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(鍔ギャラリー③) Tsuba Gallery #3

Hōan Tsuba (法安鐔)

Japanese Title: 輪宝図鐔 (rinpo zu tsuba)

Material: Iron (Tetsu 鉄)

Age: Early Edo Period (江戸時代初期)

Size: 7.4 cm X 7.4 cm, 3.0 mm at rim.

Signature:  Mumei (無銘)

Shape:  Maru-gata (丸形)

Surface Finish:  Yakite-kusarakashi (焼手腐し)

Attachment:  NBTHK Hozon Paper

This a handguard (tsuba 鐔) made or forged iron (tetsu 鉄). It was made to be mounted on a short sword (wakizashi 脇差). The design showing excellent workmanship is raised above the surface of the plate using a heat and acid based etching method called (yakite-kusarakashi 焼手腐し) this method of carving was often used by the early generations Hōan School. The design is that of the Buddhist Dharma wheel (rinpō 輪宝) (Sanskrit: dharmachakra) with an atypical 16 spokes in place of the more common eight spokes. The sixteen spokes of the Dharma wheel reference the Sixteen Great Enlighted beings (Sanskrit: bodhisattva) of Esoteric Buddhism (Jūroku Daibosatsu 十六大菩薩). The stokes of the wheel are in the shape of double-edged sword blades (ken 剣) often seen on some Buddhist statues and other religious art. The motif also has around the spokes of the wheel strings of Buddhist prayer beads (juzu 数珠). The thin rim has a rounded square shape (kaku-mimi koniku 角耳小肉). Iron bones (tekkotsu 鉄骨) are presence along the rim and are quite notable. The thickness of the plate increases towards the center (seppa-dai 切羽台) from the rim where is it thinnest. On the ura side of the tsuba is a small carved mark, which is likely an old owner’s or collector’s mark.

On May 11, 2016, it underwent formal appraisal (shinsa 審査) in Tokyo, Japan at the Society for the Preservation of the Japanese Art Sword (NBTHK). An appraisal paper (hozon tōsōgu kanteisho 保存刀装具鑑定書) was issued confirming the tsuba is authentic, of good quality, has artistic merit, and is worthy of historical preservation. I estimate this tsuba is an unsigned work of the first or second generation Hōan master. The first generation was named Kawaguchi Saburō´emon Noriyasu (川口三郎右衛門法安) and used Hōan (法安) as his artist’s name. The second generation was Sakuma Yō´emon (佐久間要右衛門) and used the artist’s name Hōan Hisatsugu (法安久次). The tsuba dates from the early Edo Period circa the 17th Century.



Provenance: Purchased from Boris Markhasin of Tosoguya ( at the 2023 Chicago Show.

Jidai Nobuie Tsuba (時代信家鐔)

Japanese Title:  瓢箪図鐔 ((hyōtan no zu tsuba)

Material:  Iron (tetsu 鉄)

Age:  Early Edo Period (江戸時代初期)

Size:  6.8 cm X 7.6 cm, 5.2 mm at rim, 2.0 mm at seppa-dai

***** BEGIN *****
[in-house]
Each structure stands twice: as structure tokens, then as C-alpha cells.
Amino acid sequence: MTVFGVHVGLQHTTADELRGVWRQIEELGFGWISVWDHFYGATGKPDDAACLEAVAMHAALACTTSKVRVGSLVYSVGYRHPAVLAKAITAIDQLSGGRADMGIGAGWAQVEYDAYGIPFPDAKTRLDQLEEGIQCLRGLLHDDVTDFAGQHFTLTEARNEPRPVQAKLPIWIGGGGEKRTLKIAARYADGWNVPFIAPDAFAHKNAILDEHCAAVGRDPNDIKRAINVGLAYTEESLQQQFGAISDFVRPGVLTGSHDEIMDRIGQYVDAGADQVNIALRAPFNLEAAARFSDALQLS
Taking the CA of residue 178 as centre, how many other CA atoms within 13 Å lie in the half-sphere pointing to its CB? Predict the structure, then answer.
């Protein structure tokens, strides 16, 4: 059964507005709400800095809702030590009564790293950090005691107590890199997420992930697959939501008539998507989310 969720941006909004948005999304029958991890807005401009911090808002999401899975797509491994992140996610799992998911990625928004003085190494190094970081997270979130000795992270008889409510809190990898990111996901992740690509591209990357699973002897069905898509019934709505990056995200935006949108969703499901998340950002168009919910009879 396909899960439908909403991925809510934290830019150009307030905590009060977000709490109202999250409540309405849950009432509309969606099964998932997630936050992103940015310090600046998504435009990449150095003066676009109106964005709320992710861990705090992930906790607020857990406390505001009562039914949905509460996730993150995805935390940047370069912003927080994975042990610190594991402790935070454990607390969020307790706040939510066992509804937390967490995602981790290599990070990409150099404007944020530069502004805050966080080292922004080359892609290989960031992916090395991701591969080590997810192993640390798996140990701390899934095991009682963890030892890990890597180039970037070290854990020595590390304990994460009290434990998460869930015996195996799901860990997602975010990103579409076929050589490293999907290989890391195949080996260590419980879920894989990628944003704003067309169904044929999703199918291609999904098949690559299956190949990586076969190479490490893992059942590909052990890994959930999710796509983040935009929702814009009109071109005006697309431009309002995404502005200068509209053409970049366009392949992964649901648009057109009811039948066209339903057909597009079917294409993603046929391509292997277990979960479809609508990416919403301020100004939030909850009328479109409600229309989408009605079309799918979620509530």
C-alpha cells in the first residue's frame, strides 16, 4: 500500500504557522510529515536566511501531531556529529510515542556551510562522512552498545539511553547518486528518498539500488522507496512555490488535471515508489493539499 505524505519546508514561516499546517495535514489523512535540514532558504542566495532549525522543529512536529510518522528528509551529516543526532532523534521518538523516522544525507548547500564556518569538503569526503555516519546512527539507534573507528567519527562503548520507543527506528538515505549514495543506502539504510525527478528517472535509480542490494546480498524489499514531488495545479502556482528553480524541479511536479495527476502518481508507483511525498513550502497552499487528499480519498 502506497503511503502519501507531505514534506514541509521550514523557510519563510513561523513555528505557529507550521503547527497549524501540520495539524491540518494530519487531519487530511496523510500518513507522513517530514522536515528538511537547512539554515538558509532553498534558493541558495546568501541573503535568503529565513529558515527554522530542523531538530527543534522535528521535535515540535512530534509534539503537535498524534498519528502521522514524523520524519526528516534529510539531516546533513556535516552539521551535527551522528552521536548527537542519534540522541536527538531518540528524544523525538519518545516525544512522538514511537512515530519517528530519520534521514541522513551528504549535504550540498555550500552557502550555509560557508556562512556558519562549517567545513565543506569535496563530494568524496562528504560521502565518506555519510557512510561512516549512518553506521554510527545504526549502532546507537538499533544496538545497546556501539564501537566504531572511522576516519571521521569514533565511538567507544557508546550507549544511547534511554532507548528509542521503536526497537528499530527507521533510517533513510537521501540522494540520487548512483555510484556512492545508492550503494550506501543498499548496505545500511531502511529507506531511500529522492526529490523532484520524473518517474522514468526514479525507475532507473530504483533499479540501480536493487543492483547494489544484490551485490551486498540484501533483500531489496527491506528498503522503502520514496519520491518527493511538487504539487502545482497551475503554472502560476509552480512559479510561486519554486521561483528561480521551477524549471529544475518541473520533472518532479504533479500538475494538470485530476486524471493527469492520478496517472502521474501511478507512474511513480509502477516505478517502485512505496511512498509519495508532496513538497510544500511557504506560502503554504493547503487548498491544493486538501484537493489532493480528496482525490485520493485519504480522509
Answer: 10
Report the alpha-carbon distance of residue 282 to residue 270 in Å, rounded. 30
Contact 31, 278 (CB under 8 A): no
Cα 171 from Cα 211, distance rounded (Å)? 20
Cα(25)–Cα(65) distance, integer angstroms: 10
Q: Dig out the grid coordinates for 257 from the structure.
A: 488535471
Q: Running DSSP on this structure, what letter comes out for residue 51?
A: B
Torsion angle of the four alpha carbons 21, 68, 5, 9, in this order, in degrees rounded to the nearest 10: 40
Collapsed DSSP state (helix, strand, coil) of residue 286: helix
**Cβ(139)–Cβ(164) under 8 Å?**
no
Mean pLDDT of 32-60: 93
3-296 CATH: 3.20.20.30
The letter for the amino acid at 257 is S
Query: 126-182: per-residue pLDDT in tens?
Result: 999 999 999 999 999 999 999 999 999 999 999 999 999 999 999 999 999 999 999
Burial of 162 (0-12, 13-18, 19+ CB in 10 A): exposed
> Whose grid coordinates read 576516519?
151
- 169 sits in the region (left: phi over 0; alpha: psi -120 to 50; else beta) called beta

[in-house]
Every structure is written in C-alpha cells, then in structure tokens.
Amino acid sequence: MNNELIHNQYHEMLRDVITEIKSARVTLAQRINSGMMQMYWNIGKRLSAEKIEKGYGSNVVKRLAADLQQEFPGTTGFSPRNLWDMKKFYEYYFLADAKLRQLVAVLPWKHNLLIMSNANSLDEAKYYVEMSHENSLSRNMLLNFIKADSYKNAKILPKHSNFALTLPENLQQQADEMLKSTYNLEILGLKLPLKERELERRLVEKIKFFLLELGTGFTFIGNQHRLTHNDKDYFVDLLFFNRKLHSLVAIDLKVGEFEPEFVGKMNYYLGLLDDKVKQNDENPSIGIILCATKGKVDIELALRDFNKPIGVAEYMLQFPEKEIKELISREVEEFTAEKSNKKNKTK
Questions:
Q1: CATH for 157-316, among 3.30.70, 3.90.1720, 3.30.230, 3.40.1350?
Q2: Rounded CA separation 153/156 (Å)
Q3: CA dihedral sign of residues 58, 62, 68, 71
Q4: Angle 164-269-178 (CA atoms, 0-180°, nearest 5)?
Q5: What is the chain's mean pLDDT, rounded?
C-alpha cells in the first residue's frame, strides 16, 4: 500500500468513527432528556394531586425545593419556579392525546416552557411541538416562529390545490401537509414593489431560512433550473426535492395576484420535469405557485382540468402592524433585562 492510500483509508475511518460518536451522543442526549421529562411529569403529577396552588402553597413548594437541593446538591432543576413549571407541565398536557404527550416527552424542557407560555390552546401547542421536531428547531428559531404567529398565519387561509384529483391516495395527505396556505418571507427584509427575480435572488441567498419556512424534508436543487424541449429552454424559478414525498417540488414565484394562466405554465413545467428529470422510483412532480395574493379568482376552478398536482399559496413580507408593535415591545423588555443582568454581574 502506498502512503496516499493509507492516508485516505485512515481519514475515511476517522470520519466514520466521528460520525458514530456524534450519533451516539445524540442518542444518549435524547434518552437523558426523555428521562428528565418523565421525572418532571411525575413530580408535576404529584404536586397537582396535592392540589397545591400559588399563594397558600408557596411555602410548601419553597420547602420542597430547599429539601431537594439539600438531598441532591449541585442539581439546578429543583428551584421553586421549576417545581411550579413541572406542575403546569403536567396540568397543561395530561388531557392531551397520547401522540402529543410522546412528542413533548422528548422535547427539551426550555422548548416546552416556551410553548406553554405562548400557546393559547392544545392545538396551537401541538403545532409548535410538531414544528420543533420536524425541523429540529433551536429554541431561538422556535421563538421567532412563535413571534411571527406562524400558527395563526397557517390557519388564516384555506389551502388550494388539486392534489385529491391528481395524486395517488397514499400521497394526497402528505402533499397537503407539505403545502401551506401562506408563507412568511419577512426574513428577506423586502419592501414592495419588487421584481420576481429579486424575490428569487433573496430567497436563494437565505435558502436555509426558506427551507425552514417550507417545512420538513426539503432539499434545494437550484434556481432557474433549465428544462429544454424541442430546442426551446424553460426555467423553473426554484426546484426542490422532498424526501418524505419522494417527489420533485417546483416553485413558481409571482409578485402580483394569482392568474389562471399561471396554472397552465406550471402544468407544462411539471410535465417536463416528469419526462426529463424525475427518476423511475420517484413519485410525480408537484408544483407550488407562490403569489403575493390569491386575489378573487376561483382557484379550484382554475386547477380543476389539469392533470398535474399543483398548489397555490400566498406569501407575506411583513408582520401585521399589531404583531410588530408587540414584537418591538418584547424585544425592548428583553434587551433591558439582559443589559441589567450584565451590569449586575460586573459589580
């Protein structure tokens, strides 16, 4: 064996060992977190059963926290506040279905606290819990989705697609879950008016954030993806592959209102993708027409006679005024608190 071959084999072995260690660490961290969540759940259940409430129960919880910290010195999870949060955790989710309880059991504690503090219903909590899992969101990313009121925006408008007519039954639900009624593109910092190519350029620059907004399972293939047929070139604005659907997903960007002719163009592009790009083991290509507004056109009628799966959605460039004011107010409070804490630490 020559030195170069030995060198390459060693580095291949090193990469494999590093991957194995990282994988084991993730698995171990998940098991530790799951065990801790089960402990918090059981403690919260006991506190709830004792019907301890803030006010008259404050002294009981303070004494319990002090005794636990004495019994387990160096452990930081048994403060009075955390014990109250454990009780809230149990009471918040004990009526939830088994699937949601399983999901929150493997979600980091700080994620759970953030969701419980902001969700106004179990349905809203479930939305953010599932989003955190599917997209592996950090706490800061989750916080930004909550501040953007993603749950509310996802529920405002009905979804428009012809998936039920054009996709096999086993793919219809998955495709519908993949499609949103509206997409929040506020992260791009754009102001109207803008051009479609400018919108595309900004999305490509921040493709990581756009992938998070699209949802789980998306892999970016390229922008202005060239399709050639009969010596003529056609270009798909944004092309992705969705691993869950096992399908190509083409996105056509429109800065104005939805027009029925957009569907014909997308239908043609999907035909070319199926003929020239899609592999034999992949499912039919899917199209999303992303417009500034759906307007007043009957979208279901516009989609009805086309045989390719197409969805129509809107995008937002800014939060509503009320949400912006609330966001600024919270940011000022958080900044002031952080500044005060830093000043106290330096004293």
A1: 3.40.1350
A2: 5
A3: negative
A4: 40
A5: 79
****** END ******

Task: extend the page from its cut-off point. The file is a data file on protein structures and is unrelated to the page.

Signature: Nobuie (信家)  

Shape: Mokkō-gata (木瓜形)       

Surface Finish:  Yakite-shitate (焼手仕立)  

Attachment:  None

This is a handguard (tsuba 鐔) made from very well forged iron (tetsu 鉄). The carved design on both sides of the plate is that of the vines, leaves and fruit of the bottle gourd (hyōtan 瓢箪) plant. The bottle gourd is one of the oldest cultivated plants in East Asia and has long been established as an auspicious sign of plenty. The fruit of plant is often found in art particularly around the time of the Azuchi-Momoyama Period during the rule of Toyotomi Hideyoshi who used it as an emblem. (1,2,3) 
While hard to clearly see the tsuba is signed on the left side of the central opening with two-character name (Nobuie 信家). While the placement and spacing is consistent with authentic examples due to the condition of the plate at the location of signature it is impossible to identify which of the seven different recognized styles, developed by Akiyama Kyūsaku, this signature (mei 銘) matches. (2)
The surface of the tsuba plate shows signs of significant heat treatment (yakite 焼手) causing iron bones (tekkotsu 鉄骨) to be exposed along the surface of the plate. The raised folded-over rim (uchikaeshi-mimi 打返耳) nicely displays a carved turtle shell pattern intermixed with more iron bones. Overall, this treatment and age of the plate creates a complex textured surface (jimon 地紋) that expresses the tea ceremony aesthetics (wabi-cha 佗び茶) developed by (Sen no Rikyū 千利休) 1522-1591 CE. (4)


1.    Legend in Japanese Art by Henri L. Joly. John Lane Company ©1908, pg. 101.
2.    Lethal Elegance the Art of Samurai Sword Fittings by Joe Earle. Museum of Fine Arts, Boston ©2004, pg. 36.
3.    The Art Appreciation of Japanese Sword Fittings by Shigeo Fukushi. ©2012, pg. 316.
4.    Nobuie Tsuba by Itō Mitsuru ©2016, pgs. 6-7, 37.

Provenance: Peter Klein Collection

Kyō-Shōami Tsuba (京正阿弥鐔)

Japanese Title: 竹図透彫鍔 (take no zu sukashi bori tsuba)

Material: Iron (tetsu 鉄)

Age: Middle Edo Period (江戸時代中期)

Size:  6.7 cm X 7.2 cm, 3.0 mm at rim

Signature:  mumei (無銘)   

Shape: Tatemaru-gata (竪丸形)

Surface Finish: Tsuchimeji (槌目地)

Attachment: None


This is a handguard (tsuba 鐔) made of well forged iron (tetsu 鉄). It was made for a short sword (wakizashi 脇差) or possibly a shorter long sword (chiisai-katana 小さい刀). The openwork design of bent bamboo and leaves is done using a three dimensional carving style (nikubori ji-sukashi 肉彫地透). The Bamboo is considered a auspicious in Japanese culture and renowned for it resilience even during the cold of Winter. There are small dot inlays (zōgan 象厳) along the the bamboo leaves of brass and sliver that might represent morning dew drops. The rim of the tsuba is rounded (maru-mimi 丸耳) and completely intergraded into the overall decorative motif.


Provenance: Charlie Foos Collection         

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